Featured Image: Courtesy of Kev Slade

What Are the Cessna T303 Crusader’s Specs?

Cessna T303 Crusader in flight over redrock and water
Photo: SDASM Archives


  • Wing Span: 39.04 feet (11.9 m)
  • Length: 30.42 feet (9.27 m)
  • Height: 13.33 feet (4.06 m)

Seating Capacity: Six (one pilot, five passengers)


  • Engine: Two Continental TSIO-520-BE turbocharged six-piston engine, 250 hp
  • Propeller: Three-blade constant-speed McCauley propellers, counter-rotating

Fuel Capacity: 76.5 gallons in each wing, 153 gallons total


  • Maximum T/O Weight: 5,150 pounds (2,336 kg)
  • Standard Empty Weight: 3,305 pounds (1,499 kg)
  • Useful Load: 1,845 pounds (836.9 kg)


  • Range: 1,020 NM (1,174 mi / 1,891 km)
  • Service Ceiling: 25,000 feet (7,620 m)
  • Takeoff Distance over 50’ obstacle: 1,750 feet (533.4 m)
  • Landing Distance over 50’ obstacle: 1,450 feet (442 m)
  • Maximum Speed: 216 knots (249 mph / 400 km/h)
  • Cruise Speed: 196 knots (226 mph / 363 km/h)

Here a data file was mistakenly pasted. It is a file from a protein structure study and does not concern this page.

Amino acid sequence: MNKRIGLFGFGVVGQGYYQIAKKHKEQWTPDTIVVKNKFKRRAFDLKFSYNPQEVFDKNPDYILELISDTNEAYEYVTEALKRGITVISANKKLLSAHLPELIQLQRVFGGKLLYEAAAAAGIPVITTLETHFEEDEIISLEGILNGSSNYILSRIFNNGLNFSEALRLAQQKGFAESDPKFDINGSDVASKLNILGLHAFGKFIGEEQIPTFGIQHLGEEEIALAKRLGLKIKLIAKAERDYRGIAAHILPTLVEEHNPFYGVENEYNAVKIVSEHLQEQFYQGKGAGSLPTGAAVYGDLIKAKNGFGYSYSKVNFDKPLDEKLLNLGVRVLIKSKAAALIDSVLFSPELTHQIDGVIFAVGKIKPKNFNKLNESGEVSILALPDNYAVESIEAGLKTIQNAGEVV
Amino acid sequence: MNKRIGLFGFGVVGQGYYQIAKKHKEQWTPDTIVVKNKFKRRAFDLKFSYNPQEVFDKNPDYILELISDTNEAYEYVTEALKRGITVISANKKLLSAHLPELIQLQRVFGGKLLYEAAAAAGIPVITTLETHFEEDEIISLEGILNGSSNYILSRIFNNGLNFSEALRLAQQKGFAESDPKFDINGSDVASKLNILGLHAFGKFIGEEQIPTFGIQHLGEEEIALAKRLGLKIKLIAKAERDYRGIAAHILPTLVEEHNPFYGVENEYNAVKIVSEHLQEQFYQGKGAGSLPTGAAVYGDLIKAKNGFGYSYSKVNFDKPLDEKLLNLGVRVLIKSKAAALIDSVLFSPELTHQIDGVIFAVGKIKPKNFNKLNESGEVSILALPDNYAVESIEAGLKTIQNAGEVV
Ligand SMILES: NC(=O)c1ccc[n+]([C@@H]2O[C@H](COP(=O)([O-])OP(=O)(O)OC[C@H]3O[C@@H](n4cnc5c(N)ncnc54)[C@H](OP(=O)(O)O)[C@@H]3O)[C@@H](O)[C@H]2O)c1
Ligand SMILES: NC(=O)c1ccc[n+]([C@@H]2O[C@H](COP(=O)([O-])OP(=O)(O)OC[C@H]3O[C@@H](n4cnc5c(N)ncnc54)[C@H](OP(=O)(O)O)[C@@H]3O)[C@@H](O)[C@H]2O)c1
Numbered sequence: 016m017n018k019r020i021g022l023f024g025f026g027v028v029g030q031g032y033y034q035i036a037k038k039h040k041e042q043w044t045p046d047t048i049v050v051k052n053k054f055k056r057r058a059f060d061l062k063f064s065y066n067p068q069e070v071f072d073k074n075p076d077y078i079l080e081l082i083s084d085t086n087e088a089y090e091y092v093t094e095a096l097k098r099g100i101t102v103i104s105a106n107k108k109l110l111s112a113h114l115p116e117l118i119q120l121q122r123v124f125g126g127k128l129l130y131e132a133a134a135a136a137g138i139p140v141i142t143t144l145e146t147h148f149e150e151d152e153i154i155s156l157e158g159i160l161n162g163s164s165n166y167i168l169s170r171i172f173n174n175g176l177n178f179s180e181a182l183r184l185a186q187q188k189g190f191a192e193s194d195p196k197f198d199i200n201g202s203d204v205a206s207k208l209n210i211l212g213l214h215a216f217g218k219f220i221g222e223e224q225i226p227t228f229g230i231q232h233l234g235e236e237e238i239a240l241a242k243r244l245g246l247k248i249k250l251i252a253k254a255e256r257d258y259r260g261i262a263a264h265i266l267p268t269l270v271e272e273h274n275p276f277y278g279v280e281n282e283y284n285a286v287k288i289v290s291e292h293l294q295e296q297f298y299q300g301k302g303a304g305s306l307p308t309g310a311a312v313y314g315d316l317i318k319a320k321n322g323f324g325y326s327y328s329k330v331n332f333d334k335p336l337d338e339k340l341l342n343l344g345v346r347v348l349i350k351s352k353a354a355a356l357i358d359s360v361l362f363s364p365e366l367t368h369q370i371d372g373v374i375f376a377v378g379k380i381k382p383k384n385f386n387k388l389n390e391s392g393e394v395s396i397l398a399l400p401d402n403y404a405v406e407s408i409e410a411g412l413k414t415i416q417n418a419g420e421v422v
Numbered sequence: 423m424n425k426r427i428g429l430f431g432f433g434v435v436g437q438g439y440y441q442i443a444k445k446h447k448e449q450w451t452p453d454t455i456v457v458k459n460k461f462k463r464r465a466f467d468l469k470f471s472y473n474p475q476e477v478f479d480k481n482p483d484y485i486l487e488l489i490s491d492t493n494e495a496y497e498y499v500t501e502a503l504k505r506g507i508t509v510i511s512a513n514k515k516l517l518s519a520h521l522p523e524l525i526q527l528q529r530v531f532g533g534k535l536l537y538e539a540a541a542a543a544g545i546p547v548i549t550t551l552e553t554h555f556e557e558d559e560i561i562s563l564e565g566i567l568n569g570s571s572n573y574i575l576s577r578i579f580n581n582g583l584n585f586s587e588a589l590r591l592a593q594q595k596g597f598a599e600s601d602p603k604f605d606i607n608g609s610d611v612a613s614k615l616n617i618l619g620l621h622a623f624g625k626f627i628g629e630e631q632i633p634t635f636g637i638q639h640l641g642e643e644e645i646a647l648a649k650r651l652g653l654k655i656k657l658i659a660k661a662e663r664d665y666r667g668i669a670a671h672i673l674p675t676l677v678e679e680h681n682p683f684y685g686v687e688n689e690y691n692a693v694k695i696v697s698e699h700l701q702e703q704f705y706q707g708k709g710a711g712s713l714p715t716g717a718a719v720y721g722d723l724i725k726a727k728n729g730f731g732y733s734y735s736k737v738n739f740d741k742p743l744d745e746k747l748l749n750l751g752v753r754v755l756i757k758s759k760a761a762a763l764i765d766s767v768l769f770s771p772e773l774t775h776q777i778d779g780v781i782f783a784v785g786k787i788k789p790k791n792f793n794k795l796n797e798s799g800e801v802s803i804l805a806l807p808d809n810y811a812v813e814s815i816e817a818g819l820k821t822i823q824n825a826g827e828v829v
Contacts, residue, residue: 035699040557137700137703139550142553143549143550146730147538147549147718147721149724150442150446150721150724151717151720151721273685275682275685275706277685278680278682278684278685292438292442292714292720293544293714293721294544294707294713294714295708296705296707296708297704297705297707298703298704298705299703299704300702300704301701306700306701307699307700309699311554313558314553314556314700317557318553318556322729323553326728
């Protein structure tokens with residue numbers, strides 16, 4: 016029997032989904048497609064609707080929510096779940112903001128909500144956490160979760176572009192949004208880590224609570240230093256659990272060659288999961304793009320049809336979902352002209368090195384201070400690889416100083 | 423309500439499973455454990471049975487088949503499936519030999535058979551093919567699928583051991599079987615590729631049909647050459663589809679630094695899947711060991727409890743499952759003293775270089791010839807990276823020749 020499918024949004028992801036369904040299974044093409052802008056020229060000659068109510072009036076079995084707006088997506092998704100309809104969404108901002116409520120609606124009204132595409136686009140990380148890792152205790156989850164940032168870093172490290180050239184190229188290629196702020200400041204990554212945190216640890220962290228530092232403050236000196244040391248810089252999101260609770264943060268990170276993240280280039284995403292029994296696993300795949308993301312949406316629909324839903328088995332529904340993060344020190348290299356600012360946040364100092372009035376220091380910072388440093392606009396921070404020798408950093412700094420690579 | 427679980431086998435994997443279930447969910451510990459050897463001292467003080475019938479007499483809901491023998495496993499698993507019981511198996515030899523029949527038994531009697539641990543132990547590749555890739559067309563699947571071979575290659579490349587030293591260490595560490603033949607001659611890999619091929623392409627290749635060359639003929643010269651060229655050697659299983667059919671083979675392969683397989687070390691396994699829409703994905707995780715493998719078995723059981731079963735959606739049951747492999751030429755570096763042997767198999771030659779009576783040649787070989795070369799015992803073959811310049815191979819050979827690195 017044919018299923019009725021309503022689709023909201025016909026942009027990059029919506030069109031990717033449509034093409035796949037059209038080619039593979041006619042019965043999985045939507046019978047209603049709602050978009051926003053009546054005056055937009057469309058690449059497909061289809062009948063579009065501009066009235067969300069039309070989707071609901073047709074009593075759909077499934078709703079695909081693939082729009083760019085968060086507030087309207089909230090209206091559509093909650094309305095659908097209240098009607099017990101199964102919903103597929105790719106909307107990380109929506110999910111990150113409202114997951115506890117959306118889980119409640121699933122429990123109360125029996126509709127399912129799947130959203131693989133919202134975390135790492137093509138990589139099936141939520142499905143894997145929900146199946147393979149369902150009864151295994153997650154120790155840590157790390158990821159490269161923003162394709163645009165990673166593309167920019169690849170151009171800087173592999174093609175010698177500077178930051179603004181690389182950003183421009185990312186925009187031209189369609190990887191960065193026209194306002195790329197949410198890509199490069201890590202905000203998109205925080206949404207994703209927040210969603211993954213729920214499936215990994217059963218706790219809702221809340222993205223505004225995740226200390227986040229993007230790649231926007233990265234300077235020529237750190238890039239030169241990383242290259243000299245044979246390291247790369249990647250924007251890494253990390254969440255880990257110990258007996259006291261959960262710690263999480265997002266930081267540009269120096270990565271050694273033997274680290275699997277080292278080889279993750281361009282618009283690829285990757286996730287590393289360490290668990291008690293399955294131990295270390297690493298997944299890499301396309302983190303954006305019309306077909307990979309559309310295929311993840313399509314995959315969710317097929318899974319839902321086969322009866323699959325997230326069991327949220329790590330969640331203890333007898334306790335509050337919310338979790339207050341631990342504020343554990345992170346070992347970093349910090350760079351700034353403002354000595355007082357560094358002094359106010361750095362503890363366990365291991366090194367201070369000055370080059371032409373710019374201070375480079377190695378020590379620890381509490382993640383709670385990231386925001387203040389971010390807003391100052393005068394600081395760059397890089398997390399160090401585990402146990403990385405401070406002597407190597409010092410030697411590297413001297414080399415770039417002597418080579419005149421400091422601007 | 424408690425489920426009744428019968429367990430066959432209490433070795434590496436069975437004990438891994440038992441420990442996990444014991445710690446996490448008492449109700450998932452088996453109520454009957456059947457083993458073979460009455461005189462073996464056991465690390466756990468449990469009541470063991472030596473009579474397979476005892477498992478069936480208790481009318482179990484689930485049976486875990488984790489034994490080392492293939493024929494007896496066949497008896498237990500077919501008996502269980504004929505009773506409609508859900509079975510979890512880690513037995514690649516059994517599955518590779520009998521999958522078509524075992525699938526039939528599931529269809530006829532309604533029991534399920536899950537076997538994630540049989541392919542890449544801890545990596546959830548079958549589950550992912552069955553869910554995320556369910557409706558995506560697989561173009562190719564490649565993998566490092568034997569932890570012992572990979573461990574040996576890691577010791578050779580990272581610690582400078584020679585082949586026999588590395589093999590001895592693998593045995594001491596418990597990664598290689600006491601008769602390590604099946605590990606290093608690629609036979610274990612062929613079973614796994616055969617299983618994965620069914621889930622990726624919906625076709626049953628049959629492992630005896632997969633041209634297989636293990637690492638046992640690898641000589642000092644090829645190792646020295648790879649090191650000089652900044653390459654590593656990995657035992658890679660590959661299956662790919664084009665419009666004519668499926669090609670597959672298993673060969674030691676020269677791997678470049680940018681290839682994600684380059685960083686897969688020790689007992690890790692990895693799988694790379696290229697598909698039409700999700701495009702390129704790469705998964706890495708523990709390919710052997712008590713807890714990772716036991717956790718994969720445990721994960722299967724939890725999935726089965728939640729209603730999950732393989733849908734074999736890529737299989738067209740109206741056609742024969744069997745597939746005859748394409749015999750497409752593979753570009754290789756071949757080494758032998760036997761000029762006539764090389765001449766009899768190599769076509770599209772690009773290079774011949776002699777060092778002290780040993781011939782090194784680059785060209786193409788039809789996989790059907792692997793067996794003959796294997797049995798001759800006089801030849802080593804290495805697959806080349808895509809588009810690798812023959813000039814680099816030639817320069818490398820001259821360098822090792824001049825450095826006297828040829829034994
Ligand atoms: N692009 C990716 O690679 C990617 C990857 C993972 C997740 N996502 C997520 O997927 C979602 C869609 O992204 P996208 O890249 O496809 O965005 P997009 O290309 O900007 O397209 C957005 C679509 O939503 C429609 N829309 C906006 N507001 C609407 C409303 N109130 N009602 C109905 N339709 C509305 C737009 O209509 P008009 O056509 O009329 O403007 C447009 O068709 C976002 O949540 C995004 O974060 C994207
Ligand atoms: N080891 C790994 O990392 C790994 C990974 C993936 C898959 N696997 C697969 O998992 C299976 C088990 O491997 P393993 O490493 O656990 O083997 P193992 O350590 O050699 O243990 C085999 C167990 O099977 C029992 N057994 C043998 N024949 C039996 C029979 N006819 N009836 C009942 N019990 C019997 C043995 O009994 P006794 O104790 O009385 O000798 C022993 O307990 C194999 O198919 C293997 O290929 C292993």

• Stall Speed: 62 knots (71.5 mph / 115 km/h), landing configuration

Additional Cessna Aircraft Articles

Clyde Cessna and the Founding of the Cessna Aircraft Company

Cessna 152

Cessna 172 Skyhawk

Cessna 180 Skywagon

Cessna 182 Skylane

Cessna 185 Skywagon

Cessna 206 Stationair

Cessna 210 Centurion

Cessna 340

Cessna Citation: From Slowtation to Near the Speed of Sound

John has been an aviation enthusiast since the age of ten. After countless hours in front of the flight simulator on the family computer, he finally earned his fixed-wing license right before joining the Air Force. There, served as an F-15E Instructor Weapon Systems Officer for ten years, obtaining 1,600 flight hours over two deployments to Afghanistan and well over 100 combat missions flying Close Air Support. Once in the civilian world, John made the leap to helicopters, going all the way through CFI-I in the unforgiving flight training environment presented by the mountains around Lake Tahoe. John is an avid backpacker, sailor, and photographer; follow his non-flying adventures on his website, by clicking the button below.